When it comes to a website redesign the first thing that should come to mind is UI and UX design as they are operationally what web design is. When talking about a website redesign, the most important facet of ANY website is to allow any relevant visitor to find and interact with the information or content they need, without frustration; that is the UX design. Right behind that you want the quality of content to be high and the graphic design to be crisp and clean; that is the UI design. At the end of the day no matter how good a website looks, it is rendered almost useless if it doesn’t work. That is why UI and UX design are inseparable buddies and the core of a website redesign or even an initial design for that matter.
Learn the client, learn the market
Before you jump into creating a new design it is important to gather enough information to create a meaningful one, not just something that looks good to you. In website redesign, knowledge is power. The company’s website is for the target market and if it doesn’t resonate with them then the website redesign was a complete waste of time.
Whether you are a backend developer or a frontend one – you will know the pains of testing, user acceptance testing in particular. On one hand, it means that the bulk of the work is done – a nearly finished product is ready to be presented. On the other hand, that sometimes means that the worst is yet to come. Errors that are found during UAT testing can be pesky to get rid of if they managed to sneak through previous stages of testing.
What is user acceptance testing? Well, it doesn’t matter if the project in question is, for example, a booking app, or a browser-based game, the steps are very much the same. To take a step back, the idea of UAT testing is to simulate and test as many ‘real’ user scenarios as is possible given the time, staff and resources available for testing. As it is the last stage of testing, it is a very crucial one, since anything that slips past this stage will be included in the final product. This includes bugs as well as problems with usability.
In our new series, we are going to interview digital professionals from front-end developer or UX designer to product owner. This entry is an interview with Kiwani Dolean, a Digital Designer from London, United Kingdom about life in abroad, creativity, design and more.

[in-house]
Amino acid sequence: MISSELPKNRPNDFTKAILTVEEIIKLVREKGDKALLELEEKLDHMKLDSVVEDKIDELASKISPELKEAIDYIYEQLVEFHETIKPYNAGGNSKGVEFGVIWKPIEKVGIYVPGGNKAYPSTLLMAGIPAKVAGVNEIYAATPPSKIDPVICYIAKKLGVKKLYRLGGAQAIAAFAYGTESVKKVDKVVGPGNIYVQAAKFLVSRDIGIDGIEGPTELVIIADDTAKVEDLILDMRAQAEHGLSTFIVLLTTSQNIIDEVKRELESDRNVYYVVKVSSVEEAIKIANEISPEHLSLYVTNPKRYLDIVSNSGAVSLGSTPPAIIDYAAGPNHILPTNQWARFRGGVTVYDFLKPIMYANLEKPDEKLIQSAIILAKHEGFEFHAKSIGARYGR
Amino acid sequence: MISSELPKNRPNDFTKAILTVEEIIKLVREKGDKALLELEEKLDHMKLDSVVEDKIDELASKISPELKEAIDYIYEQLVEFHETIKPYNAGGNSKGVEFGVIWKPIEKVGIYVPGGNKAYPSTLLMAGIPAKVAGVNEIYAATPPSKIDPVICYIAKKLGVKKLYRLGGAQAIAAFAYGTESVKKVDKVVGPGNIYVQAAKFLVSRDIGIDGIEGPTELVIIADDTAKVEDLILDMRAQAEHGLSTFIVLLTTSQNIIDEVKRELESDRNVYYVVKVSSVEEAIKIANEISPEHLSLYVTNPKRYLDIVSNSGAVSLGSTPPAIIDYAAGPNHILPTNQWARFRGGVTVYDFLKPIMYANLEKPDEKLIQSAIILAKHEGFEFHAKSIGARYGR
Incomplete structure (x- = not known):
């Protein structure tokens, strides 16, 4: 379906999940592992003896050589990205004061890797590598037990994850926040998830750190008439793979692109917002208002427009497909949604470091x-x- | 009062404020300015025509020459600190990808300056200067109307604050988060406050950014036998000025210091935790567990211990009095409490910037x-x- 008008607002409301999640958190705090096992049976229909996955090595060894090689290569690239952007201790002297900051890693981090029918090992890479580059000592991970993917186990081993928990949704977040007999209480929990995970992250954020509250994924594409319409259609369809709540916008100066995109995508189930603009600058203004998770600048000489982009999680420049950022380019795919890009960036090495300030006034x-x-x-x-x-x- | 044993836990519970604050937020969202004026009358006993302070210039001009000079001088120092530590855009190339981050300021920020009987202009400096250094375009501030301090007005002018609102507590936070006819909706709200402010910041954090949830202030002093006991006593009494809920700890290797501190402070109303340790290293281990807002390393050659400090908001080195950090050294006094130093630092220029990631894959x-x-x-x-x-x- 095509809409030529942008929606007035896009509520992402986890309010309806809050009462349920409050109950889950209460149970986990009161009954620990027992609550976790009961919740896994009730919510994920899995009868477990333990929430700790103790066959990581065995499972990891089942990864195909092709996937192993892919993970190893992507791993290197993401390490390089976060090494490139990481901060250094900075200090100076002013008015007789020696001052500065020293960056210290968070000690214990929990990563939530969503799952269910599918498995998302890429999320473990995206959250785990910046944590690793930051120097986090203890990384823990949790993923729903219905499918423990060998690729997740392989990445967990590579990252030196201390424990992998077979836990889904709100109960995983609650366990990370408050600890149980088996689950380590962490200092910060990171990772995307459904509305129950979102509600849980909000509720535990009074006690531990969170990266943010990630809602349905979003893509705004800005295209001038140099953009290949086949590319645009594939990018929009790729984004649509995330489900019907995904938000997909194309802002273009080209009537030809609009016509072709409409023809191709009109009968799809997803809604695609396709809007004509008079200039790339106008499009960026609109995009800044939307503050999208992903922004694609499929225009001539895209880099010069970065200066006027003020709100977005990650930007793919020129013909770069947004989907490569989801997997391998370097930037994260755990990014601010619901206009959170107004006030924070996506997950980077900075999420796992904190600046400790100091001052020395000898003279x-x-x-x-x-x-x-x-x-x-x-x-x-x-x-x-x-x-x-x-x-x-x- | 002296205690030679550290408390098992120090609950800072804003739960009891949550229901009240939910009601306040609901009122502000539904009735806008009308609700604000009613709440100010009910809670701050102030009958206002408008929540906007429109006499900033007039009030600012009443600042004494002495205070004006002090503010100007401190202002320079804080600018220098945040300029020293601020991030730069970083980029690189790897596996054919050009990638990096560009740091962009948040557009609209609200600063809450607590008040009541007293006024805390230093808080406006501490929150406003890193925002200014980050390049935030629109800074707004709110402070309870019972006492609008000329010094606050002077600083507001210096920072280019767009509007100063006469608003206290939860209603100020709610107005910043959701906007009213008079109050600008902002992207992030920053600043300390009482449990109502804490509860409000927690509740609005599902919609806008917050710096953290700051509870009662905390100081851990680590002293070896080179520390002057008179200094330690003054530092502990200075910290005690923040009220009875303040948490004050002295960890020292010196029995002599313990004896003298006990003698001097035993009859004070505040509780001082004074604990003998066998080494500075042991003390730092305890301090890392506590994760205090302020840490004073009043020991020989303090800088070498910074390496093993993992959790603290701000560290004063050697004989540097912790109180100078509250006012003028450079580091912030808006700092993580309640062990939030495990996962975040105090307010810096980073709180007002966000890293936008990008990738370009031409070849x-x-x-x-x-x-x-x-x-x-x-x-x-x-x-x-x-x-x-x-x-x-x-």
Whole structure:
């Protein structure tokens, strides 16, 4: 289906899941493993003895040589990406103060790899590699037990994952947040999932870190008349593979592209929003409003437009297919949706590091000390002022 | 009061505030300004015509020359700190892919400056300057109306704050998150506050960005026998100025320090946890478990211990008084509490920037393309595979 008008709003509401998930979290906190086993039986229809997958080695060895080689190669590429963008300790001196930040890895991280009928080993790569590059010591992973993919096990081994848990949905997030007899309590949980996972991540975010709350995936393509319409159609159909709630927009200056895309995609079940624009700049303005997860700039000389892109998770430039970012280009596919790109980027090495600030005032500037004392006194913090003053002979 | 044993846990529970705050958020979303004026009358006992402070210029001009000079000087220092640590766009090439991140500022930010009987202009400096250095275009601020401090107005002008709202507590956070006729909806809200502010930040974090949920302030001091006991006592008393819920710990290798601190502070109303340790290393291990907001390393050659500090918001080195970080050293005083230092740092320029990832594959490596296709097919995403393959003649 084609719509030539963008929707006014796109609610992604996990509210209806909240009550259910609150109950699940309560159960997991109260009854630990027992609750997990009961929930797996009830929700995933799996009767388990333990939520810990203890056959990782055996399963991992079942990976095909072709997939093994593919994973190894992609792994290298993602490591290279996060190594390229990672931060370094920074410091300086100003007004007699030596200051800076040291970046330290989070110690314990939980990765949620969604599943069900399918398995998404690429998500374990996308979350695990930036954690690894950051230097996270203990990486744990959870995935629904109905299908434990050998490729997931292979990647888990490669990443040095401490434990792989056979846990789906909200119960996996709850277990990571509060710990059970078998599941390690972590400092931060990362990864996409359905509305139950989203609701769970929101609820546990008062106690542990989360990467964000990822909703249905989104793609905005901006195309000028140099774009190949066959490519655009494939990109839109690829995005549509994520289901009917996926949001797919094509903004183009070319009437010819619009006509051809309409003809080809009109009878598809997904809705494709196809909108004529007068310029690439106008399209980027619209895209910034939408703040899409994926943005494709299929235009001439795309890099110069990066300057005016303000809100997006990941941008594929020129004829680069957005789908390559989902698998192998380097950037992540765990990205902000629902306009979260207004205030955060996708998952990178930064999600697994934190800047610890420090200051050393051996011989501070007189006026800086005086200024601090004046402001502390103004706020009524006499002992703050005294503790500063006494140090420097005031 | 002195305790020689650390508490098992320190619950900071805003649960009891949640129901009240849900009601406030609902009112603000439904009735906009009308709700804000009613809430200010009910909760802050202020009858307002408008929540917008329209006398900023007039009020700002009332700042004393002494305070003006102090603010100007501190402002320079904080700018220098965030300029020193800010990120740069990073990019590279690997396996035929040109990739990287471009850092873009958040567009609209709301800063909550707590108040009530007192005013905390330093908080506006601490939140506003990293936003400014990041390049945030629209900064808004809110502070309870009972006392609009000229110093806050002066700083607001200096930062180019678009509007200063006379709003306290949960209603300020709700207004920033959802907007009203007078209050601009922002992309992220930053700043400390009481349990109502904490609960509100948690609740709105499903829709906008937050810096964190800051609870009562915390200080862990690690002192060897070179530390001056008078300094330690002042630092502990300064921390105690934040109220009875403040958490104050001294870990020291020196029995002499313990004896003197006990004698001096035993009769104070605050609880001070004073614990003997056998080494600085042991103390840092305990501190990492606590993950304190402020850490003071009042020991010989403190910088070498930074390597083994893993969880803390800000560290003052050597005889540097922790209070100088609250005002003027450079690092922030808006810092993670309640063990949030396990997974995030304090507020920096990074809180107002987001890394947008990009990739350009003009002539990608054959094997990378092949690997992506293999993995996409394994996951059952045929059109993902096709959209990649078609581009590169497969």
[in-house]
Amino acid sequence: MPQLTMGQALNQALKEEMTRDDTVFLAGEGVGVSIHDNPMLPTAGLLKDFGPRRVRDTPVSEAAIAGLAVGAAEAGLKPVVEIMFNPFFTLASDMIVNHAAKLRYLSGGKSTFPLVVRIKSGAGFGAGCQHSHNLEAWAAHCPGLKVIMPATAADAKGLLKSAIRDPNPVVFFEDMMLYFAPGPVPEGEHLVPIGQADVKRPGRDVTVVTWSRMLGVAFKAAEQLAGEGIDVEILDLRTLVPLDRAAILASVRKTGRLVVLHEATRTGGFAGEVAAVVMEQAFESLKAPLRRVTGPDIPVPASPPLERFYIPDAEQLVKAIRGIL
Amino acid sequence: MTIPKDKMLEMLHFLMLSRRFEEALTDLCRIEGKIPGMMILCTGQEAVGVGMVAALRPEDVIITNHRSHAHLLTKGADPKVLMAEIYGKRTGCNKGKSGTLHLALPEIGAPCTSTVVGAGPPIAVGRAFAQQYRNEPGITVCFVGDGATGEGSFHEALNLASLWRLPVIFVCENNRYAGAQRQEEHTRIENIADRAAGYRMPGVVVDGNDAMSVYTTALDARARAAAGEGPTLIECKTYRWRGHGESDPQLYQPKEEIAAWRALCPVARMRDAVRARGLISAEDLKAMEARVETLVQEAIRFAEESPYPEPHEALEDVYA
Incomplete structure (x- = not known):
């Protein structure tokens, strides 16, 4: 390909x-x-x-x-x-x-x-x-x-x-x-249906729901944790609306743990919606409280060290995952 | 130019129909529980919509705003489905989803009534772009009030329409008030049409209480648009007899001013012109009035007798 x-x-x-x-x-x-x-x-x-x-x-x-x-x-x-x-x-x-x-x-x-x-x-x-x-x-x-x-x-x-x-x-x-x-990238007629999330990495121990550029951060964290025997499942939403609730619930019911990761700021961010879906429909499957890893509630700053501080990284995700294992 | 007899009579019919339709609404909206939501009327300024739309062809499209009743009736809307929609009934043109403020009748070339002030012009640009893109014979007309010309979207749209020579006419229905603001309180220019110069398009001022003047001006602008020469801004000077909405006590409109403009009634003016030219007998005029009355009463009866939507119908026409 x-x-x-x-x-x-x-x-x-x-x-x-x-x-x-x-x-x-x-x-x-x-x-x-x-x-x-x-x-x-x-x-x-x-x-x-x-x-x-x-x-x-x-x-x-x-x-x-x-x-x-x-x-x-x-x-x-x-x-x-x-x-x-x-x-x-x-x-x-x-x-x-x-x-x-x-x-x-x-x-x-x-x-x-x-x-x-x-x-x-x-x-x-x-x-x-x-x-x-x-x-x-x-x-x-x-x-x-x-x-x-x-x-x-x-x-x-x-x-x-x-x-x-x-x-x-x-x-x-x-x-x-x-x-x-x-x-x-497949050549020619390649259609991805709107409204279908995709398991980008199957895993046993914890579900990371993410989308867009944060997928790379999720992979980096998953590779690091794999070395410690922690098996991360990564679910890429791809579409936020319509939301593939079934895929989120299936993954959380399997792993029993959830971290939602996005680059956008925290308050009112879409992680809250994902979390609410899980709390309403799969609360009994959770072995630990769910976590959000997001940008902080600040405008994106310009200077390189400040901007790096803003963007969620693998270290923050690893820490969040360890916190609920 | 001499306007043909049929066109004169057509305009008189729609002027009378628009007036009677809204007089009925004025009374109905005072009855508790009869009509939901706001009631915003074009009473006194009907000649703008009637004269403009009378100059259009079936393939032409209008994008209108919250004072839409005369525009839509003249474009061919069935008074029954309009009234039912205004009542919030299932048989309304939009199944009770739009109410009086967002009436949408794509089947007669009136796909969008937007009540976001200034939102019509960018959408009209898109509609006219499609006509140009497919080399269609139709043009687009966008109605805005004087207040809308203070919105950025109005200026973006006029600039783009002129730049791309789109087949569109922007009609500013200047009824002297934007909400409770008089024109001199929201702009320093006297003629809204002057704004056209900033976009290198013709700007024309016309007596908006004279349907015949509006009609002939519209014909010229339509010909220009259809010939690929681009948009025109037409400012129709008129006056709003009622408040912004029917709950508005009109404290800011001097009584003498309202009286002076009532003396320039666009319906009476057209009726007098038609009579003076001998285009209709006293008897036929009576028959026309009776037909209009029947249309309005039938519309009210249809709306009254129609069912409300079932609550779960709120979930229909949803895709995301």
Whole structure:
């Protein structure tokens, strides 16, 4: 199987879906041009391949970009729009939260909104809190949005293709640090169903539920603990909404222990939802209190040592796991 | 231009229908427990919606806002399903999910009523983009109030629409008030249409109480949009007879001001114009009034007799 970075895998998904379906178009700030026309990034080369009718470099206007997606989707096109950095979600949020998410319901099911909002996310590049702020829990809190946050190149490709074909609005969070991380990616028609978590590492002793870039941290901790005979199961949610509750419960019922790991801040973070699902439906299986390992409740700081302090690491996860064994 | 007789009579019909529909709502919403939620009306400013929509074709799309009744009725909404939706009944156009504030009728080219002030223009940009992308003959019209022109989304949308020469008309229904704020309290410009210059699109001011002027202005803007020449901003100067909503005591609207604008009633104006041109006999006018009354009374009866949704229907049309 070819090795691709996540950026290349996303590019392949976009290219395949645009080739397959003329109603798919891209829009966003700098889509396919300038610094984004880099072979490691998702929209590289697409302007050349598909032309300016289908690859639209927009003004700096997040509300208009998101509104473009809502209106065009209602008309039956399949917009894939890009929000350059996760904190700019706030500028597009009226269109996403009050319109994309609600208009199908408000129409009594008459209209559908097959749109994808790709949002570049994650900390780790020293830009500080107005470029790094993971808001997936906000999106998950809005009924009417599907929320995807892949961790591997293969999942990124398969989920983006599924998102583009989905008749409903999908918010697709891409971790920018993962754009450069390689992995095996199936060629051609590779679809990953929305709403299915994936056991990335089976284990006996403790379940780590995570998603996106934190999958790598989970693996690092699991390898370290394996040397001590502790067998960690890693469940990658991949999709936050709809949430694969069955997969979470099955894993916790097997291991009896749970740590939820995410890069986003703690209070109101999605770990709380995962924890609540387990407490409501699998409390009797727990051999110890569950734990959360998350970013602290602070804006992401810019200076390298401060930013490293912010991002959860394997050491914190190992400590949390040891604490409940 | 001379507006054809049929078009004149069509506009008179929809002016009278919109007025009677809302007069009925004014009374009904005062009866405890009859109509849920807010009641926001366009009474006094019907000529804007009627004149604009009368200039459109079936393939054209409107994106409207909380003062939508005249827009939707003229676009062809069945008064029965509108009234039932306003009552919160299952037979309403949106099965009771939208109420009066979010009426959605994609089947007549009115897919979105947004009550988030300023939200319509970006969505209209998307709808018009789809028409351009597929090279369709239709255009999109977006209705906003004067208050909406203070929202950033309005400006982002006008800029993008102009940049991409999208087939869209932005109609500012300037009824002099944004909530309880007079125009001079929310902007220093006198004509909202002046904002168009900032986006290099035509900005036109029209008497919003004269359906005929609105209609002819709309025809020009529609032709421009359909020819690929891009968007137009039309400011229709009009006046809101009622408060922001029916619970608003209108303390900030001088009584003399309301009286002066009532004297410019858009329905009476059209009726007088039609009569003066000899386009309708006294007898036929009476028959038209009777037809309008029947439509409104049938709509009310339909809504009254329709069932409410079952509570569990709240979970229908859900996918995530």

Before delving into the different types of web application testing, it’s important to understand what web application testing is and why it is a vital procedure for any web application that is brought to market.
What is Web Application Testing?
Web application testing is ensuring a web application is thoroughly checked for potential bugs before it is moved into a production environment or made live. Just take a look at the Digital XRaid guys picture below. Aspects taken into account during this procedure include web application security, the web application’s accessibility and usability for an entire range of potential users, how it handles traffic, and its functionality. Without ensuring these things before pushing a web application to production, it can obviously make the company/brand look bad having a buggy, semi-working web application which then makes the developers look at least semi-professional to the company and other potential customers who are then less likely to hire the said developers.
User Acceptance Testing is used by many industries to ensure their software products or web applications are up to standards before being shipped out to the end user. While it’s such an important part of the whole development process, not many people know what it is and it could be, that you don’t yet have DebugMe in your toolset to help you out near the end of the design process. This expert guide is designed to give you insight into what is user acceptance testing (UAT testing) and how it’s performed effectively.